Braving the elements on fishing trip

If you have ever gone over the Highway 21 bridge that spans the Wisconsin River just east of Necedah you will see a large dam. That dam holds back the water that creates the Petenwell Flowage which just happens to be Wisconsin’s second largest inland body of water.

I live about a mile away from that piece of paradise and have to admit that I spend very little time on it, and I’ll explain why.

I am a syndicated outdoor adventures writer and I write for newspapers throughout Wisconsin and just into Iowa and Upper Michigan. I travel throughout this region on about 45 trips a year and when I come home I want to be a dad, hobby farmer and do my job as president of KAMO (Kids and Mentors Outdoors).

This week I put my 18-foot War Eagle in below the Petenwell Dam and spent 27 hours in it without getting out a single time. As luck would have it, a north wind with literally bitter cold would attempt to kick my butt.

Tuesday, March 21

High 40, Low 12

In my opinion some of the best fishermen that you will find are your locals that fish below the dams in the upper Midwest.

So, I launch my boat at 3 p.m. I have a pretty good idea where I want to set up shop which is on the east side of the river close to the long wall of the dam. There is a cold north wind blowing and I know that I better be wearing big-boy pants to make this a successful adventure.

My arsenal would include an ice fishing pole with a broken reel handle that I would use a slip bobber on with a 4-pound test line on it. I would work the standard jig and a minnow on other poles and the die-hard sliding sinker with a hook and a minnow on the bottom.

The first few hours were very interesting as I was catching “shorts” (walleye under the legal 15-inch minimum) and an occasional perch. I had a problem with the perch in that my fathead minnows were a little large and I was losing most of Wisconsin’s tastiest fish just below the surface.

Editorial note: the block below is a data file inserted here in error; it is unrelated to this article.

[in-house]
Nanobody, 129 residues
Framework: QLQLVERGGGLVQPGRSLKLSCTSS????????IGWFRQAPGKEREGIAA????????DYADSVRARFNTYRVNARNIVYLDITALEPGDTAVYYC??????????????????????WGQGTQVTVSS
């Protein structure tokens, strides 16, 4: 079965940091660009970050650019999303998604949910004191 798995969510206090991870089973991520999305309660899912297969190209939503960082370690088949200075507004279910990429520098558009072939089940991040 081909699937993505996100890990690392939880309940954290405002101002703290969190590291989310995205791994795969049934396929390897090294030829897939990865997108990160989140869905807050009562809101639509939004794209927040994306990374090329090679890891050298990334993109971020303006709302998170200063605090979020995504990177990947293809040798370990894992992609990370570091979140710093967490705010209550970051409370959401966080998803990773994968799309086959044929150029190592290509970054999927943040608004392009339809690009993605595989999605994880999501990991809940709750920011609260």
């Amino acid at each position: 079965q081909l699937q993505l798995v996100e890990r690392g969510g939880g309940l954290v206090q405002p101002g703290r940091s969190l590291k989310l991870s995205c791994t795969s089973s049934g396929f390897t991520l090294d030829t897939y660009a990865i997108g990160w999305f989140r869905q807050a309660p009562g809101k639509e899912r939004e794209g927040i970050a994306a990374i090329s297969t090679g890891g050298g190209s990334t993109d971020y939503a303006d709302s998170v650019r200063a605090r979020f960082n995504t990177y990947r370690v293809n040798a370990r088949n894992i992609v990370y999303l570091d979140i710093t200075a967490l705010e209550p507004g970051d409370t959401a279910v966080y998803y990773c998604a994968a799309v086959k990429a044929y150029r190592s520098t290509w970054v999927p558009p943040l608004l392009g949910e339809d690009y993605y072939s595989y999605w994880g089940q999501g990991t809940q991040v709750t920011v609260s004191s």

About an hour before dark with only one other boat on the water I relocated to the middle of the river and kept catching shorts with a now total of eight walleye and about five perch. I have to admit by 9 p.m. the wind had actually become stronger and due to a screwup with me bringing the wrong anchors I was having a hard time keeping my boat in place.

More importantly, it was now 20 degrees and dark, and I was getting cold. I relocated back to the long wall with the hopes of getting out of the wind and that was not meant to be.

When I relocated I forgot to pull my rear anchor and once again realized that I am human.

About midnight without a single bit of action after dark I put my sleeping bag on the floor of the boat and tried sleeping. It was so cold and windy that sleeping was a total impossibility.

An hour before sunrise I was going to move back to the walleye hole and my 90-horsepower Etec started like a champ but my throttle was frozen up, so I used my electric motor. It was “shorts city” so I relocated to my perch hole and truly started really enjoying this trip.

My friends Bryce Kies, Noah Boissoneault and Bryce’s good buddy from northern California, Rob Herold, were fishing as well. Bryce is on spring break from UW- Madison and had met Rob last summer while building hiking trails in Alaska. Rob and Bryce having been fishing all week and having a blast and today Rob caught a 27-inch walleye.

This afternoon after missing several perch and having landed 32 shorts, I rigged my ice fishing rod with a Buck Shot jigging spoon tipped with a half a minnow.

Holy Moly was that the ticket to having a blast. My reel constantly wanted to fall off when landing a fish, which added to the challenge and remember this my friends, vertical jig this lure below the dams and if there are fish, you will have action.

I fished until just after 6 p.m. today to give me 27 hours in the boat and really felt like I manned up and most importantly had a blast just over a mile from my house.

Sunset


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